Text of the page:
The Beef Cattle Institute at Kansas State University and Bayer Animal Health teamed up recently to give 19 individuals from the cattle industry in Mexico special training and an inside look at beef cattle operations in Kansas
The group from Mexico was made up of veterinarians, cow-calf producers, feedlot managers and nutritionists. Their five-day training, conducted in late October, included on-site tours of local beef cattle operations and discussions with K-State beef production experts.
The training was offered as an opportunity to create a dialogue with veterinarians and producers from Mexico about U.S. beef production practices as well as some of the similarities and differences in their own production practices.
As part of the on-site tours, the group visited Tiffany Feeders near Herington, Porter Cattle Company near Reading, and K-State animal sciences and industry department facilities in Manhattan. Bob Weaber, professor of animal sciences and industry, was host of the university facilities tour.
To complement the operation visits, the group heard from Extension specialists, university faculty and a registered dietitian, and they engaged in several group discussions.
The importance of his customers knowing the whole chain of the beef industry led Eduardo Ramirez España, veterinarian and technical manager for Bayer Animal Health Mexico, to work with K-State's Brad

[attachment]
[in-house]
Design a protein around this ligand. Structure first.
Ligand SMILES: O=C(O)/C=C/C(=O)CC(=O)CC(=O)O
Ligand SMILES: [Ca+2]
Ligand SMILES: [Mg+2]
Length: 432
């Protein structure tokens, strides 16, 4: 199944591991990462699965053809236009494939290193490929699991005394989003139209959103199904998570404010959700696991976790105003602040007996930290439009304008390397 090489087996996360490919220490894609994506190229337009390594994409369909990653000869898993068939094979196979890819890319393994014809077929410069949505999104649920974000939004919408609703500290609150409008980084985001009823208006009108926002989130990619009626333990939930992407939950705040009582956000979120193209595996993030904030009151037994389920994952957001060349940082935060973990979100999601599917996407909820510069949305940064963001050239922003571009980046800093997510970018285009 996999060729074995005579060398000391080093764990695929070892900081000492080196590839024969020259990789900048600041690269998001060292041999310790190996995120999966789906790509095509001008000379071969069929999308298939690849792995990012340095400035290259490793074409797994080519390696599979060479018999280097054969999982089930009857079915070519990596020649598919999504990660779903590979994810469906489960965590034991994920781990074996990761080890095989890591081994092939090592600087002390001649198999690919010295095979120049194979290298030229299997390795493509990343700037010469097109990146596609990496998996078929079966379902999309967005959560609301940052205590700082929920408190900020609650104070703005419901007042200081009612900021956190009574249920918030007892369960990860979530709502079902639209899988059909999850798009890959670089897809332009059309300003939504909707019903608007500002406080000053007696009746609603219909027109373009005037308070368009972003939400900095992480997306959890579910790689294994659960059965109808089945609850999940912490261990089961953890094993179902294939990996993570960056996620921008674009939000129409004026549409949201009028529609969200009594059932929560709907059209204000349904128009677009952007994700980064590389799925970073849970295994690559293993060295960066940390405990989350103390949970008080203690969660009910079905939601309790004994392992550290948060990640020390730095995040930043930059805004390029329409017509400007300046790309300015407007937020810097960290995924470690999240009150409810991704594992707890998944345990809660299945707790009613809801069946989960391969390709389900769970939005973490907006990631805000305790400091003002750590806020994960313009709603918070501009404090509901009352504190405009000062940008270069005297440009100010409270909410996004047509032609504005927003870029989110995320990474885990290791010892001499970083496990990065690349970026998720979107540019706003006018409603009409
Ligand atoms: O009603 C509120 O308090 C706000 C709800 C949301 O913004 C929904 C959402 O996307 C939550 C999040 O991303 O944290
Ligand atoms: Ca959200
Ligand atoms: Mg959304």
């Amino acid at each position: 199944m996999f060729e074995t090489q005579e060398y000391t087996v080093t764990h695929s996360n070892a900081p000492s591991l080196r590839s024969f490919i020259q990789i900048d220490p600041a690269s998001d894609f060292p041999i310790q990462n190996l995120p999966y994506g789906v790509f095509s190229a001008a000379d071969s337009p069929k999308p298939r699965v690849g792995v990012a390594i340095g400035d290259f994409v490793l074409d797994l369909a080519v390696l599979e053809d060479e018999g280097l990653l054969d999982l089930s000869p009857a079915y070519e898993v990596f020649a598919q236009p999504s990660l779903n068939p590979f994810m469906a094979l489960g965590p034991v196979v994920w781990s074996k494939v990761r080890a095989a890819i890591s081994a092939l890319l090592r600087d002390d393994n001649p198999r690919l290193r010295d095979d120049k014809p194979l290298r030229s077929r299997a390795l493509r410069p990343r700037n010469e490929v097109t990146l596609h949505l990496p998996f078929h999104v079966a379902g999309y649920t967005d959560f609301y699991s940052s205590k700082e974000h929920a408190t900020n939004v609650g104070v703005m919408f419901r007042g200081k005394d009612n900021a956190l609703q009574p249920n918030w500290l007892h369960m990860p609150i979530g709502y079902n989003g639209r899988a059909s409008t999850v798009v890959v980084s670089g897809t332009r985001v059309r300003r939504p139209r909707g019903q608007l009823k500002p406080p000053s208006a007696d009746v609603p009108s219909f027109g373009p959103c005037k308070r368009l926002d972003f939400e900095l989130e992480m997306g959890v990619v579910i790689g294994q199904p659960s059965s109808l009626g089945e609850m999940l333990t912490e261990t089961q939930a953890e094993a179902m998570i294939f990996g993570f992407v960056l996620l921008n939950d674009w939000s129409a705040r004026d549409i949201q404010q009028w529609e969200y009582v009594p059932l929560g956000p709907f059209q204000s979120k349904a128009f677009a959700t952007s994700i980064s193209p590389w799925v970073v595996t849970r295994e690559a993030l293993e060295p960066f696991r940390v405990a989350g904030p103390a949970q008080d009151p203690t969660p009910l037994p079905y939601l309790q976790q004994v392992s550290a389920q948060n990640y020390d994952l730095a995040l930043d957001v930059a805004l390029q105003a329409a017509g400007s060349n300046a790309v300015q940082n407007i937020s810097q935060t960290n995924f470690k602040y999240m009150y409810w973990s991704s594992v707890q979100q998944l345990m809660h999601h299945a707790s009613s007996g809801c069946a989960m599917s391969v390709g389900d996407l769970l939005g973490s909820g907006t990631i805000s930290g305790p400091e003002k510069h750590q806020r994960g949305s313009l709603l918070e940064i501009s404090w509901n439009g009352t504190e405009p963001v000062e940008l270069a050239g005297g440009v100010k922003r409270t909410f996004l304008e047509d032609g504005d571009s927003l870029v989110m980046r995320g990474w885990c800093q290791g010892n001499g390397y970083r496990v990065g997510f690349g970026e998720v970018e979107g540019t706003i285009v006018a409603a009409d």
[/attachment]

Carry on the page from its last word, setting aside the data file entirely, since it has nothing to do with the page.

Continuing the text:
White, professor of production medicine and director of the Beef Cattle Institute; and Bob Larson, professor of production medicine, the Edgar E. and M. Elizabeth Coleman chairman of food animal medicine and a BCI faculty staff member, to facilitate the training.
"What I liked most about this training is that the professors are very open to sharing information with people," España said. "Some of our customers asked all kinds of questions and every time they got answered."
Alexandro Herrera Castro, a cow-calf producer and client of Bayer, found the training extremely valuable.
"It's been a great experience and we're always, always learning," he said. "I think that in this business we shouldn't have borders in our minds with information. We should be worldwide cattlemen, veterinarians and doctors, and that's the way these doctors made us feel. They open our minds to different options, different information, different solutions."
Because the group was from various areas of Mexico, not only were there differences in practices between the U.S. but among the group members as well.
"Even among this group from Mexico, they were not coming from the same environment, so they had some different production practices," Larson said. "I learned a lot just by listening to producers who are producing cattle in different environments and some of the challenges they have."
Castro said the impact of the training will be longstanding.
"I really think I'm going back to Mexico not only as a different cattleman but as a different person," he said. "For me, that is priceless."Source: Kansas State University News Service, which is solely responsible for the information provided and is wholly owned by the source. Informa Business Media and all its subsidiaries are not responsible for any of the content contained in this information asset.